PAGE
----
Christmas shows usually fall into two categories – they’re either naughty, or nice. And above all, they’re almost always familiar.
Sacramento’s B Street Theatre is reviving Buck Busfield’s freestyle adaptation of “A Christmas Carol,” a naughty, irreverent spoof which they first produced last year. This show gets right down to business. After an initial blast of sugary music while the lights go down, we come face to face with actor Greg Alexander as a Ebenezer Scrooge, who’s frankly gotten tired of the whole routine.
Scrooge faces the audience and says “Well, here we are, again. Another version of Dickens’ sentimental slop, ‘A Christmas Carol.’ Bored yet? I am! Why does this story, my story, keep getting done again, and again, and again? Why? Because it’s a redemption tale? Because I become a good man? Because it shows that even the most despicable sinner can become pure? Humbug!”
That’s the thesis statement, and what follows is about 70 minutes of impudent variations on this theme, as classic scenes from Dickens are spoofed, with world-weary commentary from Mr. Scrooge. There’s a good deal of interesting physical humor from the energetic cast, and some good humorous wordplay, and I came out of the theater smiling. But it would not be inaccurate to observe that this show delivers most of what it has to say in the first five minutes.
Meanwhile, over at Capital Stage, young actor Ben Ismail is having a field day in “The Santaland Diaries,” a very naughty show based on a famous NPR radio essay by David Sedaris from 1992. It’s all about his surreal experience working seasonally as Crumpet the Elf, herding little kids when they come to meet Santa, and dealing with the stressed out parents. Ismail really gets into the role, like this scene in which he realizes that you can take the letters from the name Santa and arrange them into a name with altogether different connotations.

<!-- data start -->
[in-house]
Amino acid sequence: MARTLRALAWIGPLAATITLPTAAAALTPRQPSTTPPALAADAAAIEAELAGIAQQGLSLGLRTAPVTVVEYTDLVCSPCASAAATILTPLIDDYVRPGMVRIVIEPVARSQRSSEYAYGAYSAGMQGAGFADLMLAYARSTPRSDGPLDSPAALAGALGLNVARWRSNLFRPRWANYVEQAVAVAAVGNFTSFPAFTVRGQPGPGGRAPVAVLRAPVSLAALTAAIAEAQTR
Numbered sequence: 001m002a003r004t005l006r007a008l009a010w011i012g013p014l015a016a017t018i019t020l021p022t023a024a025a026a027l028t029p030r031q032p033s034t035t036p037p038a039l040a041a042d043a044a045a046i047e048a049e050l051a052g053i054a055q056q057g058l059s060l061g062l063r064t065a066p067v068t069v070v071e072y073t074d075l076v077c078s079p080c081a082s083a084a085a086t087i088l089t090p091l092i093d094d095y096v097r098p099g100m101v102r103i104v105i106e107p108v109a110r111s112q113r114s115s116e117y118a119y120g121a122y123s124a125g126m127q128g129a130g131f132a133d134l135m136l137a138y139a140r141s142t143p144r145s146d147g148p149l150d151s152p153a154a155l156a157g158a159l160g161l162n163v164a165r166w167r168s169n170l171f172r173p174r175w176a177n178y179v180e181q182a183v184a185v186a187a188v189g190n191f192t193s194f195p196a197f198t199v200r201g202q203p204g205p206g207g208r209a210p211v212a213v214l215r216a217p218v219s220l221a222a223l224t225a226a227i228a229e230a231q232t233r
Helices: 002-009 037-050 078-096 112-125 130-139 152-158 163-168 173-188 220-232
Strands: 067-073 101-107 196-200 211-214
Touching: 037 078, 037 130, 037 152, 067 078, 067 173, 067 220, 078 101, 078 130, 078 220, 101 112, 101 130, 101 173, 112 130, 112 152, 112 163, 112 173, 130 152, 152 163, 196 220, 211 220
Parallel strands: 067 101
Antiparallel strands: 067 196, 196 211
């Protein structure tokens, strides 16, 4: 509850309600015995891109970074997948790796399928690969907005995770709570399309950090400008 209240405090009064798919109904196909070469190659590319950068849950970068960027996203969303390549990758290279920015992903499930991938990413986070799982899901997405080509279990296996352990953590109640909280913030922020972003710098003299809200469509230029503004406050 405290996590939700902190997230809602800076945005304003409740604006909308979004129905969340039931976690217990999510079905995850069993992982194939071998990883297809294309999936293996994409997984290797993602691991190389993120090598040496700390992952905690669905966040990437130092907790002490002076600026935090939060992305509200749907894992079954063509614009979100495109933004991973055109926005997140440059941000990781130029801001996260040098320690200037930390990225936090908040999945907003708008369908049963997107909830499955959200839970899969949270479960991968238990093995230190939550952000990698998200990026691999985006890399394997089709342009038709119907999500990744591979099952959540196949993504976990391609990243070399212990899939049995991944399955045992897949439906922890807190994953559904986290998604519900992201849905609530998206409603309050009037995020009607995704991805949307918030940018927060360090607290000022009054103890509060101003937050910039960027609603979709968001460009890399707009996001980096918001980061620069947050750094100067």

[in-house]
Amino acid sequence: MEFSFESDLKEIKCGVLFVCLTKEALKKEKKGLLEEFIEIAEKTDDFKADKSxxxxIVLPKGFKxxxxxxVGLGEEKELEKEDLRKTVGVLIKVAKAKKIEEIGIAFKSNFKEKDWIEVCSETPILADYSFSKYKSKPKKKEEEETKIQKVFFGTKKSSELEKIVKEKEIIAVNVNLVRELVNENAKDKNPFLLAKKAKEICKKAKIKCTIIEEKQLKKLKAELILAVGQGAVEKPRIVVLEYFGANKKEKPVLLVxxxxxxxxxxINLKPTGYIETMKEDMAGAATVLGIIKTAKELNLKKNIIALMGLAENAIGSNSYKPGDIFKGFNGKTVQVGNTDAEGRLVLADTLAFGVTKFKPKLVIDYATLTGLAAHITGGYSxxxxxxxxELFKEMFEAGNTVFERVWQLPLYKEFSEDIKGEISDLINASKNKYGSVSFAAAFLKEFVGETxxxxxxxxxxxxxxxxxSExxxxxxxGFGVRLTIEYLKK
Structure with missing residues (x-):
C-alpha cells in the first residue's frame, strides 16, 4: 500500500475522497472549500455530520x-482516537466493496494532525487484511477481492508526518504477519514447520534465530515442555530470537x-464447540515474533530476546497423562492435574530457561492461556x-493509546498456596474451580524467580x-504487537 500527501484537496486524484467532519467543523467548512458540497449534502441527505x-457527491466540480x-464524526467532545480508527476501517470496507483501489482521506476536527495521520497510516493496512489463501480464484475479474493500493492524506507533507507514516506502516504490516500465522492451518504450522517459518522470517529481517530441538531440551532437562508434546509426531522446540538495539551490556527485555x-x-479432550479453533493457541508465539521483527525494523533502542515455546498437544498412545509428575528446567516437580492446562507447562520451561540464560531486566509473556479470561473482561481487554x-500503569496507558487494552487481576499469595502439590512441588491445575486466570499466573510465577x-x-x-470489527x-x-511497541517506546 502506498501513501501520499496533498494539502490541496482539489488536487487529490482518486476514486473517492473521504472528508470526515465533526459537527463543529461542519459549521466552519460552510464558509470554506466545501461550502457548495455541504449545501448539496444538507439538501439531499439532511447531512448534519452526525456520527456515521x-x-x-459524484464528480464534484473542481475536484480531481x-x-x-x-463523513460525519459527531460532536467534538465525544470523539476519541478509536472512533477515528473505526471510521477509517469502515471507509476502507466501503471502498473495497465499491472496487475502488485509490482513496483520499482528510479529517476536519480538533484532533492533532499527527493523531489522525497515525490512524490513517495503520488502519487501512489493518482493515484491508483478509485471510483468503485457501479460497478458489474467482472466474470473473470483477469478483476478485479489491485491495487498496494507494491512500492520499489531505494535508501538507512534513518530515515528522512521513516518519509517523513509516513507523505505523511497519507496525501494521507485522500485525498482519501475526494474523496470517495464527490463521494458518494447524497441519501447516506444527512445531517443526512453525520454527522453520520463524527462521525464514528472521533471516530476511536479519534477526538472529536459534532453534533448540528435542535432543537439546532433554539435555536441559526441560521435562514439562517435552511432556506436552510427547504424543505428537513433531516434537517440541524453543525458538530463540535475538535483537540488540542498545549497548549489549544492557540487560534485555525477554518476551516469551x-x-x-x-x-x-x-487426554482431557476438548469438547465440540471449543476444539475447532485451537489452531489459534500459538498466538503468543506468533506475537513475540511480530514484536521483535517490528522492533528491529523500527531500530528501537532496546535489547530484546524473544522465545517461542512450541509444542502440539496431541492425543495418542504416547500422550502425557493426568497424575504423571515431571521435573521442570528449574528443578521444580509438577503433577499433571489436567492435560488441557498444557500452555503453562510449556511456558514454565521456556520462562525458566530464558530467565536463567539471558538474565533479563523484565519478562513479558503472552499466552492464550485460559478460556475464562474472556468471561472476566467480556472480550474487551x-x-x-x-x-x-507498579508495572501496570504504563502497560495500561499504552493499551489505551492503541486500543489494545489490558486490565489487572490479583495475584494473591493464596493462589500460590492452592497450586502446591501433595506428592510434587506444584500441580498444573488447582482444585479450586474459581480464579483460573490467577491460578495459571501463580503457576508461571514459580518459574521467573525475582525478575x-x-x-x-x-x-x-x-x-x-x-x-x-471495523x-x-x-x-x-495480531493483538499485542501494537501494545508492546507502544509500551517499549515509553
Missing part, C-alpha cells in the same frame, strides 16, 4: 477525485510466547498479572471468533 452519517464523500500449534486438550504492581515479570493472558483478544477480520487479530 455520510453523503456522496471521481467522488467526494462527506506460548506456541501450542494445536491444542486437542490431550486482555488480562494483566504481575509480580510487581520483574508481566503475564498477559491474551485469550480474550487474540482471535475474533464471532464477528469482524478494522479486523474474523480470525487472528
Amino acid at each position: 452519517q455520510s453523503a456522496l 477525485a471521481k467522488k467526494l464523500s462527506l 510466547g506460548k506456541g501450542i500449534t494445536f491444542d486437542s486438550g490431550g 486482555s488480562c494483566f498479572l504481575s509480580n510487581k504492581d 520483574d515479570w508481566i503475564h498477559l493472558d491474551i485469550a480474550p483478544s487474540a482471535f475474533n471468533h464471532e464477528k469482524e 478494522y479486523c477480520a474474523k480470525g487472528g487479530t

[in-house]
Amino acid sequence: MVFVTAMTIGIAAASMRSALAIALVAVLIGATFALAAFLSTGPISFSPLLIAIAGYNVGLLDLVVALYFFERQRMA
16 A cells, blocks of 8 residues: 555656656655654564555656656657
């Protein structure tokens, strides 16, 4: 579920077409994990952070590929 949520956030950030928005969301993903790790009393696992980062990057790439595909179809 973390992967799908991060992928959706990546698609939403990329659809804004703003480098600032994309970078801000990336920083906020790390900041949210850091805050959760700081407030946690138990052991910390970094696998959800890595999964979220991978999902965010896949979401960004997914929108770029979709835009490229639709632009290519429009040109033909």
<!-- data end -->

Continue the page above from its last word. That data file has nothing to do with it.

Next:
Ismail, as Crumpet, said: “You ever notice that Santa is an anagram… for Satan? (Thunderbolt). I imagined a Satan-land, where visitors wade through steaming pools of blood and feces, before arriving at the gates of Hell, where a hideous imp in a singed velvet costume takes children by the hand, and leads them to Satan. Once I thought it, I couldn’t get it out of my mind.”
Think of this show as a sort of vinegar-flavored candy cane… and a lot of adults must like the taste, because theater companies keep reviving this show. What sets this version apart is Ismail’s marvelous performance – he’s young enough that he still recalls the crazy seasonal jobs that 20-somethings will do to get by, and his sardonic vocal delivery is an excellent fit for this material.
The Broadway Sacramento series is bringing in a touring musical, “Irving Berlin’s White Christmas,” on December 27th for a six day run. Expect a 1940s feel-good fantasy – about as nice as they come -- involving tap dancers, a handsome guy in uniform just returned from World War II, and a love story, along with classic songs from the 1954 Hollywood film.
You’ll find the kiddies over at the Sacramento Theatre Company, where they’ve revived “Cinderella,” a family-oriented musical with clever songs by Sacramento’s Gregg Coffin. Check out this scene involving a goofy character named Buttons and a very tall bear that wanders silently onto the stage. Keep in mind that Buttons has asked the kids to call out loudly if they see anyone going after Buttons’ special painting, which of course he has left out in the open for all to see.
Buttons turns to the audience and says “Hi, kids! Was someone messing with my painting? I don’t see anyone… (The kids enthusiastically call “Behind you!”) Are you sure? Are you teasing me” (The bear waves to the kids.)
Not many surprises, and it does get a teeny bit naughty, like when Little Bo Peep’s lambs bump and grind and tell you that they’re “b-a-a-a-a-d.” But this year’s model is honestly fun to watch, particularly if you attend a matinee and meet a cute second-grader dressed like a princess with a tiara, whose parents have brought her to see the show.